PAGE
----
This is the protocol I am required to follow. But Ahmad’s eyes fill with fear, and he backs away. “We came to you for help, and you aren’t helping. You are making it worse,” he cries.
The truth of his words sting.
On days I am working inside the clinic, I meet men like Mohammed, a former political prisoner in Syria. He is anxious, and his sentences jumble together. He has a sharp pain running from his head to his toes, and he can’t sleep at night.
I need to know if he is a torture survivor so I can refer him to more-specialised psychiatric care. To avoid retraumatisation, I gently ask him to simply answer “yes” or “no”. Instead, he tells me he was hung upside down and beaten for days. The prison guards allowed just enough blood to run down his face to make him feel like he was drowning.
Mohammed’s wife holds his arm to comfort him. He tells me living in this camp is even worse than being tortured in Syria. The conditions, the inhumane treatment in a place that was supposed to be a refuge, have left him believing he and his family have no future. The thought is crushing his soul.
It is a terrible thing to have to decide who is and who is not deserving of care.
When I step outside to sip water from under my many layers of PPE, I see an Afghan woman behind the barbed wire separating the COVID ‘isolation centre’ from the clinic. She is holding her swaddled four-month-old baby and cries out for help.
The child has been having diarrhoea for several days. I try to find a doctor from the Greek national health system, which is in charge of the isolation centre, but I’m gruffly told by Greek staff that the situation is under control.
Back inside the clinic, I meet 25-year-old Fatima. She is shaking and shivering with a fever and showing signs of kidney infection and severe dehydration. She’s alone in Greece, except for a friend whose hand she holds onto tightly. They fled Somalia together. I struggle to comprehend how someone so frail survived the arduous journey.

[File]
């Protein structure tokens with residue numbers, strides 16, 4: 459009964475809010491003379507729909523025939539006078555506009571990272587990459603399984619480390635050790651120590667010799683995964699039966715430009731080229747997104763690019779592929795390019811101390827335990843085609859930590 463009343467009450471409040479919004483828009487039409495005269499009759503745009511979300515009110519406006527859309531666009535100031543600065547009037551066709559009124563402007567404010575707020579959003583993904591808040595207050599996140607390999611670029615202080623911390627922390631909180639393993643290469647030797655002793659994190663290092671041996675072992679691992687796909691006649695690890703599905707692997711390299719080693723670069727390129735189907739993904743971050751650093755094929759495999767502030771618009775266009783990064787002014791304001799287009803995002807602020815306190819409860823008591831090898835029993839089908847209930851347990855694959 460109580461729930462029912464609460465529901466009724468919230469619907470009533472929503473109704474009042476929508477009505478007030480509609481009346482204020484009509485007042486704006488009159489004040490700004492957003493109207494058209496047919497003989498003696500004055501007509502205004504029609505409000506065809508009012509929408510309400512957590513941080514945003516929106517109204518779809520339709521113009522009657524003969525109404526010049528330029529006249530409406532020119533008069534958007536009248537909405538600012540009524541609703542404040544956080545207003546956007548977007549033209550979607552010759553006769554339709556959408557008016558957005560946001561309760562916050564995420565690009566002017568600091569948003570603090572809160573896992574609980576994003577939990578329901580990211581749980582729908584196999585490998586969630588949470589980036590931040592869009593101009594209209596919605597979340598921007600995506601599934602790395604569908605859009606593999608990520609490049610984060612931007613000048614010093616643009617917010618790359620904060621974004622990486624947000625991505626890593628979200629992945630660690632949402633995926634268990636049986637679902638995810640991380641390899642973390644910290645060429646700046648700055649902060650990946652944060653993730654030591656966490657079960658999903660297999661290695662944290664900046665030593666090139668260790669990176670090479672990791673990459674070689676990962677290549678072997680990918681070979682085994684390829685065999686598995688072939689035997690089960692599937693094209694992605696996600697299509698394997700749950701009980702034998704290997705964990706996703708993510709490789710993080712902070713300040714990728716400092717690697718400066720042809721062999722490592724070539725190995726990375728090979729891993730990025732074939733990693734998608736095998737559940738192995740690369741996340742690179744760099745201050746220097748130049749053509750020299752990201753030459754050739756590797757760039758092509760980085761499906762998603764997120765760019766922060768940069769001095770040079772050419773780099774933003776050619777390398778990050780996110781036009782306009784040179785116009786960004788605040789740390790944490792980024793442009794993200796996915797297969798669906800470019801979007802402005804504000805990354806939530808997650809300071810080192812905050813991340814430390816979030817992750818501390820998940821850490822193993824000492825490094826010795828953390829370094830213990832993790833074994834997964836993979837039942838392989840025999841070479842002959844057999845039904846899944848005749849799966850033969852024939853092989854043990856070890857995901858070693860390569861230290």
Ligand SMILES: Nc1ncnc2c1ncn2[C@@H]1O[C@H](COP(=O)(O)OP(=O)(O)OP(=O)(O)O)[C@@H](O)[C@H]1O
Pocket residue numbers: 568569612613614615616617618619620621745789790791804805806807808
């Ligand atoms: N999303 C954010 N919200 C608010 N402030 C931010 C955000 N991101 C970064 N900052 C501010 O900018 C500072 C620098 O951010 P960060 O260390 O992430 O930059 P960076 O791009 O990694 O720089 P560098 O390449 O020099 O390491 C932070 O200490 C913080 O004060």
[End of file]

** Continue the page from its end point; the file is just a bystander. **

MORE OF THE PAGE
I run some IV fluids and speak with Greek colleagues about transferring her to a hospital. I’m told she’s unlikely to get the tests that she needs. Resources on the island are stretched thin due to COVID.
I try to warm up Fatima’s hands so the pulse oximeter will take an accurate reading of her blood oxygen level. Our Somali interpreter, Abdi, is close by. He is a refugee and also lives in the camp. Without saying a word, he takes off his jacket in the freezing cold and gently drapes it over Fatima’s shaking body.
Since the the beginning of COVID lockdowns, there has been a 66 percent increase in attempted suicides and other self-harming behaviours amongst refugees on Lesvos. It is clear to me that this is what happens when racist, xenophobic, and Islamophobic border policies collide with a pandemic: People who have already been dehumanised are neglected, or worse, targeted.
This dehumanisation started long before the pandemic, but COVID has provided a pretext for it to continue largely under the radar and with impunity – as evidenced by the increase in violent and illegal pushbacks at the EU’s external borders in the past year.
If European countries remain unwilling to reckon with the larger identity crisis underlying these policies – the refusal to accept non-white and non-Christian refugees as integral parts of their societies – a generation of people like Ahmad, Mohammed, and Fatima will continue to be dehumanised and retraumatised.
*The names of all the asylum seekers and refugees mentioned have been changed to protect their identities.